When I visited home in Utah for Christmas, I spoke to a family member who was trying to get me to move back.
“You don’t want to live in D.C.,” he said. “It’s all a bunch of men in the same suits.”
I patiently (not patiently) explained to him that D.C. is not just the Capitol and National Mall. I tried to put into words what the rest of the city is like. Neighborhoods built and rebuilt, torn down, rebuilt again; art and go-go music scenes rooted deep in D.C.’s history; blossoms papering the city in the spring; Chocolate City; communities raised and nurtured through trivia nights and group events; mumbo sauce; distinct neighborhoods where when you move from one to the next, you can almost feel yourself crossing an invisible threshold. And the constant we can all count on: D.C.’s restaurant scene.
Kathy Hollinger, RAMW president and CEO, says roughly 92% of restaurants in D.C. are locally owned and operated. Many of these restaurants have been passed from generation to generation, creating and sustaining our community in a way other cities can’t quite rival. While D.C. is a city of transience, the restaurants have offered community to many of us, and created homes for many others. From January 17 to January 23, Restaurant Week is back and local spots are ready to welcome diners for the New Year in whatever way they’re comfortable.
“We want to bring people out, support small businesses but partake in a promotion where it not only meets small businesses where they are, but also diners in terms of their comfort level,” Hollinger says.
Restaurants have faced myriad challenges in the past couple of years, pivoting left and then pivoting right to keep up with Covid protocols, shutdowns and staff shortages. We hoped, as so many of us have lamented, this season wouldn’t be as bad.
“We expected a surge, but not a disruption,” Hollinger says. “People were looking forward, particularly small business restaurants, to bringing people back together again given what was lost last winter holiday.”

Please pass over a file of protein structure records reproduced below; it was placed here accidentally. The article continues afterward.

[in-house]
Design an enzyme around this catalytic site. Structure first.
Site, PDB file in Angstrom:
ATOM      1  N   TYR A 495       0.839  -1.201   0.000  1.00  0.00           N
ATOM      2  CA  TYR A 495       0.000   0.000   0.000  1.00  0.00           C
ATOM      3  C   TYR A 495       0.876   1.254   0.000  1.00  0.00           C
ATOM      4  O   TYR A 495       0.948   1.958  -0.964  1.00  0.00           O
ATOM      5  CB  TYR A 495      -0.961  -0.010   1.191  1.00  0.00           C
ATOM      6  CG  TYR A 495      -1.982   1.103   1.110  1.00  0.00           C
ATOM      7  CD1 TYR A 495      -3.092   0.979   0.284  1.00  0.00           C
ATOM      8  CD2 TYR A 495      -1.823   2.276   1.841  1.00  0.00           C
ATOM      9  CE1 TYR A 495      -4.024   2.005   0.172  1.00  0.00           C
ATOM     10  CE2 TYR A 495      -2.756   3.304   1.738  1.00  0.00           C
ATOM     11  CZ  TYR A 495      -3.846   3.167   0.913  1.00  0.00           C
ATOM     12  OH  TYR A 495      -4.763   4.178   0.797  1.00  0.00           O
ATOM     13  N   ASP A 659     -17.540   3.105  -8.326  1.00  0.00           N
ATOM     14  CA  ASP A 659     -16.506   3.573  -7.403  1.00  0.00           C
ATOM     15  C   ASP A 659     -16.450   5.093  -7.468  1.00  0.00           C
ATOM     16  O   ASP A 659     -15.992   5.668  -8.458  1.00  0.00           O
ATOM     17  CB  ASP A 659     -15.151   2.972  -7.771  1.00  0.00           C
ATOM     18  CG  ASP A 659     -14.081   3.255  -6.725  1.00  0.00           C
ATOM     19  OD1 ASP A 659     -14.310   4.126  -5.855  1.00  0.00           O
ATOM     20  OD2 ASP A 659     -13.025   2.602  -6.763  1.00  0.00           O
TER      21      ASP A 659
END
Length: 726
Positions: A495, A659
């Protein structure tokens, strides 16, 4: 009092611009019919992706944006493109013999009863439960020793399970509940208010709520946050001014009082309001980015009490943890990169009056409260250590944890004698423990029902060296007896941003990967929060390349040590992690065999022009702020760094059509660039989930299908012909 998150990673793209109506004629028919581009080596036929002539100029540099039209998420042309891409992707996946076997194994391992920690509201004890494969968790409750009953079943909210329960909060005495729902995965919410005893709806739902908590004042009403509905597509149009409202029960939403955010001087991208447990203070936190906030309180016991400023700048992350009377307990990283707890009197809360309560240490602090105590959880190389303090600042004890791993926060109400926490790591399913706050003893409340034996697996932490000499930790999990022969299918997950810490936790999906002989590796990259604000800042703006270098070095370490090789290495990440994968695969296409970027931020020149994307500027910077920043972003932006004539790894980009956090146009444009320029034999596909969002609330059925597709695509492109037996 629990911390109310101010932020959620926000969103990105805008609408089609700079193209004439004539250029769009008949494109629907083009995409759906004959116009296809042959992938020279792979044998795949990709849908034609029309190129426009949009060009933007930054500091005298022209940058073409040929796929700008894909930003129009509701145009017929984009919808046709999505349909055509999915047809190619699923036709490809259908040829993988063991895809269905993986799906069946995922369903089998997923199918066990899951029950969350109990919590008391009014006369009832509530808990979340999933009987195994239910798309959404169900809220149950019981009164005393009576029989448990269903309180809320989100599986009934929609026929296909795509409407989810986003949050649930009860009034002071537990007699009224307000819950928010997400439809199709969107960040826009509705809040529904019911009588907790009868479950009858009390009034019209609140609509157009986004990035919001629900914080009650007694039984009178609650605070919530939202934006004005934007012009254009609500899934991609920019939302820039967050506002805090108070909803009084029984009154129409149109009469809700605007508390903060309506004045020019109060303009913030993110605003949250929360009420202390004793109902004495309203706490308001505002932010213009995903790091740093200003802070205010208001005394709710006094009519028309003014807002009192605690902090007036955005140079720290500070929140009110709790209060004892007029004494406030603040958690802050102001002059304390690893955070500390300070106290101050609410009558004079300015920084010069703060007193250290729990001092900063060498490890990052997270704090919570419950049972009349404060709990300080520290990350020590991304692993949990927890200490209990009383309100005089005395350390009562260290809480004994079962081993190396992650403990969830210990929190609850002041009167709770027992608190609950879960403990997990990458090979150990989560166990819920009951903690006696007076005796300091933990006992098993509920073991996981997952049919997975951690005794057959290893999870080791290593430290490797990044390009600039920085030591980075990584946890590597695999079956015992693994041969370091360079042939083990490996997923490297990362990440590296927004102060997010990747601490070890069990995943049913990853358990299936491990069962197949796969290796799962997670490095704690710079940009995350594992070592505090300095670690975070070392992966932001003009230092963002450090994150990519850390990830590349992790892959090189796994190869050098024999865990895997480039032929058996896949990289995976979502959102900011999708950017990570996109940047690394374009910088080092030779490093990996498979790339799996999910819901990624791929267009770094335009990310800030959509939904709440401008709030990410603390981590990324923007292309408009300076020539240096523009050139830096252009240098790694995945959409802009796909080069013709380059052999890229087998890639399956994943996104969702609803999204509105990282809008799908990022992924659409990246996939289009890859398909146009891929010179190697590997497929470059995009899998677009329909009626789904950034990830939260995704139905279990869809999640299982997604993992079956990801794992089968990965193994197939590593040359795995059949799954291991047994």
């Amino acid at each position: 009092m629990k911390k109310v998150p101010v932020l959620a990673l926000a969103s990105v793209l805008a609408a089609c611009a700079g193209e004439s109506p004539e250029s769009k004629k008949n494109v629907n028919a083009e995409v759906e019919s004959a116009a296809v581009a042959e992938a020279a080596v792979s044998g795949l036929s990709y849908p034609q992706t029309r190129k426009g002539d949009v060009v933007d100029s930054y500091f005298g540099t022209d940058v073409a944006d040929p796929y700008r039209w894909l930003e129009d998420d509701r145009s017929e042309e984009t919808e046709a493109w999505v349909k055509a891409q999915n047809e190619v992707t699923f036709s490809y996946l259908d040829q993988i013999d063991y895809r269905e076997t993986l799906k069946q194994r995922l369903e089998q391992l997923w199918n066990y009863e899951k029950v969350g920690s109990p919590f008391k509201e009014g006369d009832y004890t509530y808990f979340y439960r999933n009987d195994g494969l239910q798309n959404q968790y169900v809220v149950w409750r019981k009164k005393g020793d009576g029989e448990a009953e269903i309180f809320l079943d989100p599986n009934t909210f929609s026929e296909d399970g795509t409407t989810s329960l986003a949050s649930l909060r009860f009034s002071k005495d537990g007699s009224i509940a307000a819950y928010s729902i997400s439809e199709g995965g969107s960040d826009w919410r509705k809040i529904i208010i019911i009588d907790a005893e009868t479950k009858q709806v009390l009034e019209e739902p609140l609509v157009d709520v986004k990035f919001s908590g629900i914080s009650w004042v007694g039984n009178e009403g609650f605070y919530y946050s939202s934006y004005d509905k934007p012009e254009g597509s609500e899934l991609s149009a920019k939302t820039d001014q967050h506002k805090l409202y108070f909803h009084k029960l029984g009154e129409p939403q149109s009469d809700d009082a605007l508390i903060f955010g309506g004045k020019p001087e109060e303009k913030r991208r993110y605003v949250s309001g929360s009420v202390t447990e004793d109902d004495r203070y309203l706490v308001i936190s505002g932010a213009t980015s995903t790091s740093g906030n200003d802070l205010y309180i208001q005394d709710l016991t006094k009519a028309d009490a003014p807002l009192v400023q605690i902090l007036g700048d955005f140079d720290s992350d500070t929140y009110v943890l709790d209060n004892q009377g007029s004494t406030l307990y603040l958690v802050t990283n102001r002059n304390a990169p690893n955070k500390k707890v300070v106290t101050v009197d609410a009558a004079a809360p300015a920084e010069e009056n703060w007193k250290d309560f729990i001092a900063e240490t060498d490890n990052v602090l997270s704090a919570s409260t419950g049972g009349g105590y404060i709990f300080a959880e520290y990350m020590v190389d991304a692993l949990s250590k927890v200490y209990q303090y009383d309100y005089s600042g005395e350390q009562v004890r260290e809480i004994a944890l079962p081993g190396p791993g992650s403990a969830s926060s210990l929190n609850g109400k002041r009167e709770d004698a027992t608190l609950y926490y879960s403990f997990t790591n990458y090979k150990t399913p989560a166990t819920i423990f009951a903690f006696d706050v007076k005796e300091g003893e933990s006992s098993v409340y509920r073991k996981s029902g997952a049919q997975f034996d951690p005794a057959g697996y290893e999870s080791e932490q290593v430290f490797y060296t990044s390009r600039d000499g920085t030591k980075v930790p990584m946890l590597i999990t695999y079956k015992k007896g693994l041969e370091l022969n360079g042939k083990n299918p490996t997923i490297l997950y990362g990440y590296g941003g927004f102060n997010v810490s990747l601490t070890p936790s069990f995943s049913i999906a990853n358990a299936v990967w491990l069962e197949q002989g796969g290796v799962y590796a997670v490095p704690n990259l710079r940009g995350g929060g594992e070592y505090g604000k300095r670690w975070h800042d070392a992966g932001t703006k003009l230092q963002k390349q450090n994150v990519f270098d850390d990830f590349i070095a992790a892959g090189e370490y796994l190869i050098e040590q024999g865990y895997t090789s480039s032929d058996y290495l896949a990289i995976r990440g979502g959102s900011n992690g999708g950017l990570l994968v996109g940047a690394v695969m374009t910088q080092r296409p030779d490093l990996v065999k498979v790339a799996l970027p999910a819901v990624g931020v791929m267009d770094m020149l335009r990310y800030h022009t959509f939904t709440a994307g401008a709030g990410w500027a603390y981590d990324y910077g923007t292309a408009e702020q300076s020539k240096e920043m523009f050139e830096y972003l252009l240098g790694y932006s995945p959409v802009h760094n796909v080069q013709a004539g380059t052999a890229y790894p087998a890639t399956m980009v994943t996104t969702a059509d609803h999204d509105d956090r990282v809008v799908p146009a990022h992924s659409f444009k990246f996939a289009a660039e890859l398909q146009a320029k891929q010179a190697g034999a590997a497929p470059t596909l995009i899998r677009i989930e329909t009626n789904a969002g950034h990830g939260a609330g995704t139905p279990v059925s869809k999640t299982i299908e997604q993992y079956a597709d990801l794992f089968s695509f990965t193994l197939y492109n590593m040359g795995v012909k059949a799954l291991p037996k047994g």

We can make sure this winter isn’t lost, too. With options to meet both diners and restaurants where they are, participating restaurants offer to-go dinner meals, winterized patios and curbside pickup.
“People were always wanting to preserve the ability to create really special moments,” Hollinger says. “And probably more than ever now, how they create those experiences can be in their home, can be in their backyard, it can be sending a meal to someone. And that is really the spirit we want to reinforce.”
Hollinger says Restaurant Week can be what you want it to be. A way to gather, a way to support or even simply an addition to your weekly meal plan. She recommends checking out the new restaurants added to the list and trying something new or out of your comfort zone. The way to start building more community is to keep expanding on what you already know.
“What I find incredibly inspiring and very humbling is the spirit I feel during Restaurant Week,” Hollinger says. “There is such a willingness and so much heart to support restaurants in this region. We are really fortunate we have that diner community.”
Hollinger says representatives from other cities around the country will ask her for how to achieve the same camaraderie D.C. has. And while she’s happy to provide advice, some part of it is just inexplicable — a bond created by great thought leaders and restaurant owners. D.C. is unique in that its city blocks are not anchored by chain restaurants — there is something new and surprising at every turn. Residents stepped up to the plate to create the “real D.C.,” all the places that surround the politics which define the city.
Roughly 200 restaurants are participating this year, at a slight price increase — RAMW’s first price increase since 2015. Lunch and brunch are $25 per person and dinners are $40 per person. If it’s a really fancy meal, you can expect $55 per person. Special group rates are also available. The price raise has been a long time coming, and this year called for it even more so due to pandemic-related pressures and losses, supply chain issues and rising food costs. Despite the price change, Hollinger knows diners will rally.
“I’m grateful and proud to be part of such a tight-knit community,” Hollinger says. “The real D.C. The D.C. that doesn’t come and go.”
To both the regulars and the people who haven’t experienced the restaurants of the “real D.C.,” consider this your invitation to Restaurant Week. Let’s make it a great one.